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A Particularly Bad Bad Beat

A Particularly "Bad" Bad Beat
by Chad Holloway of

Have you ever been playing at the poker table and witness a particularly gruesome bad beat? That is a rhetorical question because we all know the answer. If youíre lucky, the beat will have happened to someone else and not you. If youíre really lucky, you will have put the bad beat on your opponent. Iím lucky in the sense that Iíve put more bad beats on others than theyíve put on me; likewise, the worst bad beats Iíve ever seen have happened to other people.

Recently, I watched a friend of mine take a bad beat that I rank among the worst Iíve ever seen. It happened in a $1-$2 No Limit Holdíem game. My friend, Tom, was sitting on a stack of about $300 and was up against a player Iíd never played with before, named Mike. Mike was having an exceptionally good day, with about a $1,700 stack in front of him. He wasnít that great of a player, things just seemed to be going his way. In this particular hand, Mike had raised $15 preflop and the field folded except for Tom. As it turned out, Tom held a K-9 and Mike the 10d 7d.


The flop came out Kd 6h 3s and Tom checked. Mike fired out a $30 bet and Tom made the call. The turn card came the 8d, giving Mike a gut-shot straight-flush draw.

This time, Tom led out for $15 and was immediately reraised by Mike to $30. Tom didnít hesitate and raised yet again to $60. Mike kept up his aggression and made it $135 to go. The dealer then revealed the river card, the 5c! Tom dodged all Mikeís outs and his hand was going to take down a nice pot.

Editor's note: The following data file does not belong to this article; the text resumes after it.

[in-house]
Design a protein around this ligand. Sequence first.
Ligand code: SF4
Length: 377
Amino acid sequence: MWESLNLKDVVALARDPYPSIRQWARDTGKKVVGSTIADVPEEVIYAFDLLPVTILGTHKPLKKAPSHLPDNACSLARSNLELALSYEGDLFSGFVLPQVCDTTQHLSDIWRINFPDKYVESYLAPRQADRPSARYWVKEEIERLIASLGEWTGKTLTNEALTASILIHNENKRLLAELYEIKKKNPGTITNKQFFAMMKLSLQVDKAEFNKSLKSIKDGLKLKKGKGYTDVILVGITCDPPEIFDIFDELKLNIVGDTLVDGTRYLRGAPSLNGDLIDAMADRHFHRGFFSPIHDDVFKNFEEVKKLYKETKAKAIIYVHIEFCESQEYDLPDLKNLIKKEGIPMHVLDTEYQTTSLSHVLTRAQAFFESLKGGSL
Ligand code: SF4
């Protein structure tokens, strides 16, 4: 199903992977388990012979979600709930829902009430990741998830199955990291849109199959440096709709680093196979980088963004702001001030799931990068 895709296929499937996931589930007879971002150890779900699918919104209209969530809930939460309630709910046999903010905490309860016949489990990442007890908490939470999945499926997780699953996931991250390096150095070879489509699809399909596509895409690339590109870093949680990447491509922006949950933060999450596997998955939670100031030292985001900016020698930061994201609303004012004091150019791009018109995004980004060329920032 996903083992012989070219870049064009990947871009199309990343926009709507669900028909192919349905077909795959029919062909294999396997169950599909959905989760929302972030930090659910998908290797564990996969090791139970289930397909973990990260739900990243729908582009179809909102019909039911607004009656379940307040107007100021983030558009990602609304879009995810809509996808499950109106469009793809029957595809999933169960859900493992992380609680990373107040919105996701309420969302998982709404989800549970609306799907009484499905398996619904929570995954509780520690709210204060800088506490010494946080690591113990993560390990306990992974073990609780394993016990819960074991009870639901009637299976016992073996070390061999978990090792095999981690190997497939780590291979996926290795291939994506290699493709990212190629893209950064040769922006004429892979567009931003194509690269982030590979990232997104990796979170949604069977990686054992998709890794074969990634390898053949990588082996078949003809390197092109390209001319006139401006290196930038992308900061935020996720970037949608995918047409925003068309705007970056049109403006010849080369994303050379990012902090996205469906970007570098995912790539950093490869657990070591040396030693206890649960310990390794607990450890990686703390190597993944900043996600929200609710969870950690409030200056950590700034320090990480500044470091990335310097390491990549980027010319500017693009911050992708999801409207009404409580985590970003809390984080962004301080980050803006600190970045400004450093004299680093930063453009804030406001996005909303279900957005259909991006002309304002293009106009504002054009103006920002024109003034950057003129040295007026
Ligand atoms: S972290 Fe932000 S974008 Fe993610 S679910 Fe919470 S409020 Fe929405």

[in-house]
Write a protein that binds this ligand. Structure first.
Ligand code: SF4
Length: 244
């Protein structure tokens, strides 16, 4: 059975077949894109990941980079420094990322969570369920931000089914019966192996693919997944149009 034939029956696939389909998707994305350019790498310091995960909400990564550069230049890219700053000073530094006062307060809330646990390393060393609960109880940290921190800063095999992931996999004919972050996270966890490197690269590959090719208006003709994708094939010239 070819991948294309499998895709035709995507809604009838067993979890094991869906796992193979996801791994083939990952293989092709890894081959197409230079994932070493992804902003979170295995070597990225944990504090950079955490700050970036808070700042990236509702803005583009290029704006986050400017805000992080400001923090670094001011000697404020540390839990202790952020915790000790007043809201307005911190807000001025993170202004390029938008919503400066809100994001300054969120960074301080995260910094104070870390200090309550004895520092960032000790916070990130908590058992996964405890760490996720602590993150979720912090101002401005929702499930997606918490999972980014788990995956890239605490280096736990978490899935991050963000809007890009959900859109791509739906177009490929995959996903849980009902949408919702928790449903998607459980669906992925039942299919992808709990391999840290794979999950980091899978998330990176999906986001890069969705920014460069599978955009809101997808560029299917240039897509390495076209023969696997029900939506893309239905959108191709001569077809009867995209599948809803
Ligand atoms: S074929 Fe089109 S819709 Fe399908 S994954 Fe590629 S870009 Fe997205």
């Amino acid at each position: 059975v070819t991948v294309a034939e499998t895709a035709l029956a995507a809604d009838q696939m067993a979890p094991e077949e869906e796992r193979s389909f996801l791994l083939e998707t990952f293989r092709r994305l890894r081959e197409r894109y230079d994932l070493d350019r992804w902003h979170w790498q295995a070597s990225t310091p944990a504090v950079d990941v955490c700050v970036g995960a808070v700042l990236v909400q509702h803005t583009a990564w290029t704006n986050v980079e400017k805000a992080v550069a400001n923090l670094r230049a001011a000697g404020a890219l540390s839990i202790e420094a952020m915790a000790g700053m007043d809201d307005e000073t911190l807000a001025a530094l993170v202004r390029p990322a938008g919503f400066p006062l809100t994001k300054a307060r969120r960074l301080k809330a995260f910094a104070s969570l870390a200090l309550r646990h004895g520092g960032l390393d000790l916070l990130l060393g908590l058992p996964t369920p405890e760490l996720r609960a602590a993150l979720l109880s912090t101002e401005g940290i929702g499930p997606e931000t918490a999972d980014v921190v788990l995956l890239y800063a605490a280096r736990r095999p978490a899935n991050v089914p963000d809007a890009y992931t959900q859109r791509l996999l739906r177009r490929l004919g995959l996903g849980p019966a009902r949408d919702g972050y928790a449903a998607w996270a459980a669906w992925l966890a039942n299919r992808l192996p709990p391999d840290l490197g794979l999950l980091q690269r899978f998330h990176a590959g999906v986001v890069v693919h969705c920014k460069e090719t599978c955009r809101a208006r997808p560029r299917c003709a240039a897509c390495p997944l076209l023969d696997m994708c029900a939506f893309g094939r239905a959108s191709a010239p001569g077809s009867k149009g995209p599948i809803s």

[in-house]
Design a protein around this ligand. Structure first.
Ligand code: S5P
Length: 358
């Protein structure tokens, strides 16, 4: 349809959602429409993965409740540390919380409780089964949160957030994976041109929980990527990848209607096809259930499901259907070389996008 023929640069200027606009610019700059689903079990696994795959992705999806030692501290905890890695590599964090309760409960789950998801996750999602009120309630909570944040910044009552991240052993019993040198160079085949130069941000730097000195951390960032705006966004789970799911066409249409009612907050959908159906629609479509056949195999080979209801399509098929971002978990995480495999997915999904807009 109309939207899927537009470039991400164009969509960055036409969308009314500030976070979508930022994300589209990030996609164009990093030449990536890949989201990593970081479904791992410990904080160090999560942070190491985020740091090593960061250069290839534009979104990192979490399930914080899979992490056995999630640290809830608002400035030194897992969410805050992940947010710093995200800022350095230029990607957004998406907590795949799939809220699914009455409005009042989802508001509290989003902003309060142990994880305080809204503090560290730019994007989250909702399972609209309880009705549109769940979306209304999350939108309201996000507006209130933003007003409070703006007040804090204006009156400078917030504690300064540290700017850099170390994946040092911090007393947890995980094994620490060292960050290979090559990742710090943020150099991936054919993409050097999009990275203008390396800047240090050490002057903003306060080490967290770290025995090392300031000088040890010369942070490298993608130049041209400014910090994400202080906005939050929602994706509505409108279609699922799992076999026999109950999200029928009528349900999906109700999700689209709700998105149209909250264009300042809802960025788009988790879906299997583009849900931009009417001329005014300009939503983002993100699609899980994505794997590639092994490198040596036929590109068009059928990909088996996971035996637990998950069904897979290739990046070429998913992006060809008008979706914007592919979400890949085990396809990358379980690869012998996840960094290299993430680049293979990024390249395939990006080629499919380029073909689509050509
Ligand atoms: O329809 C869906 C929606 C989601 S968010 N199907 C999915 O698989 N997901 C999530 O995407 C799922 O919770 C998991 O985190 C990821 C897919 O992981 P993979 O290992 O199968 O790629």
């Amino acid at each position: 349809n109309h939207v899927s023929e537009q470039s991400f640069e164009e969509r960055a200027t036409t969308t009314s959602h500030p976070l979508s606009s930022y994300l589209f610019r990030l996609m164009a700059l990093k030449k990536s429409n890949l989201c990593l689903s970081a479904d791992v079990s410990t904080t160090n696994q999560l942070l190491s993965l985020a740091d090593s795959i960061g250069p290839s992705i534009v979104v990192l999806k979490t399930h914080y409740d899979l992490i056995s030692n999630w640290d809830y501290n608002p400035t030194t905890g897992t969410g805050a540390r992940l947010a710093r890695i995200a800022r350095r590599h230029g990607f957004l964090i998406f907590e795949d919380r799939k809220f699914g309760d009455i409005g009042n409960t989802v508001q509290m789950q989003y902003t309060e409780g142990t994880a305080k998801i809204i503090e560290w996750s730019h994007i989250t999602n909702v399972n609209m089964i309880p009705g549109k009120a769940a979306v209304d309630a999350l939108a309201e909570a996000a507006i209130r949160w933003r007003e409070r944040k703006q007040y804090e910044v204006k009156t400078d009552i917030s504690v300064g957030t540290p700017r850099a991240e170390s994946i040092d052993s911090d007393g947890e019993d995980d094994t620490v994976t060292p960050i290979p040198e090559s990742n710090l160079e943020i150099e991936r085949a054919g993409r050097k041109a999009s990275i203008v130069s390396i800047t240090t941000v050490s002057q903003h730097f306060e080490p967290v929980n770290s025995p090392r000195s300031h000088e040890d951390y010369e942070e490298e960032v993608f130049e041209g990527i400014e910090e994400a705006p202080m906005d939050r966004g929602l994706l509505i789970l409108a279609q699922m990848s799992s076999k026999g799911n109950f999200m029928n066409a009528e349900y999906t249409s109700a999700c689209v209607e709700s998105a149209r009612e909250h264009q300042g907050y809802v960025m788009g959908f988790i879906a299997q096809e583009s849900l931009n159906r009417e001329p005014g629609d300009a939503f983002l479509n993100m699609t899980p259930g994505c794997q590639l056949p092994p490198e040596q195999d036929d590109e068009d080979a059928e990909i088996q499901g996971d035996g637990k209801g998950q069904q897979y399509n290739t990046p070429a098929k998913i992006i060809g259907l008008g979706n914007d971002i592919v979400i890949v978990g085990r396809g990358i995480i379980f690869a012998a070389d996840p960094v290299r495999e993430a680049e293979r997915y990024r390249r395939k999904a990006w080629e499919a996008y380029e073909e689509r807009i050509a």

But wait! Tom hadnít yet made the call of Mikeís final raise. He was going to, there was no doubt about that, but he hadnít gotten his money nor verbally declared such before the dealer put down the final card. The floor was called over and it was determined that the card would be shuffled back into the deck and a new river card revealed. Tom made the call as the dealer shuffled back in the 5c.

I absolutely agreed with his call given Mikeís sporadic plays throughout the day (a hand like top pair was usually good against Mike). The new river card came down the 9s! This gave Tom top two pair and Mike the nut straight. Tom checked and Mike fired out another $85. Tom insta-called and was stunned when Mike revealed the nuts and took down the nearly $400 pot.

I was in disbelief and felt for Tom. Not only did he lose most of his stack to a mediocre player on a heater, he did so on a dealer error. Had the hand played out as it should have, Tom would have been $400 richer when the harmless 5c fell. In fact, in order for Tom to lose the dealer had to make an error thatíd change the river card and Mike would still have to catch a card thatíd improve his hand, a double burn.

All things considered, Tom took the beat about as well as can be expected. He vented and cussed a little bit, but abused neither the player nor the dealer. Although I felt bad for Tom, I sure was glad it happened to him and not to me.

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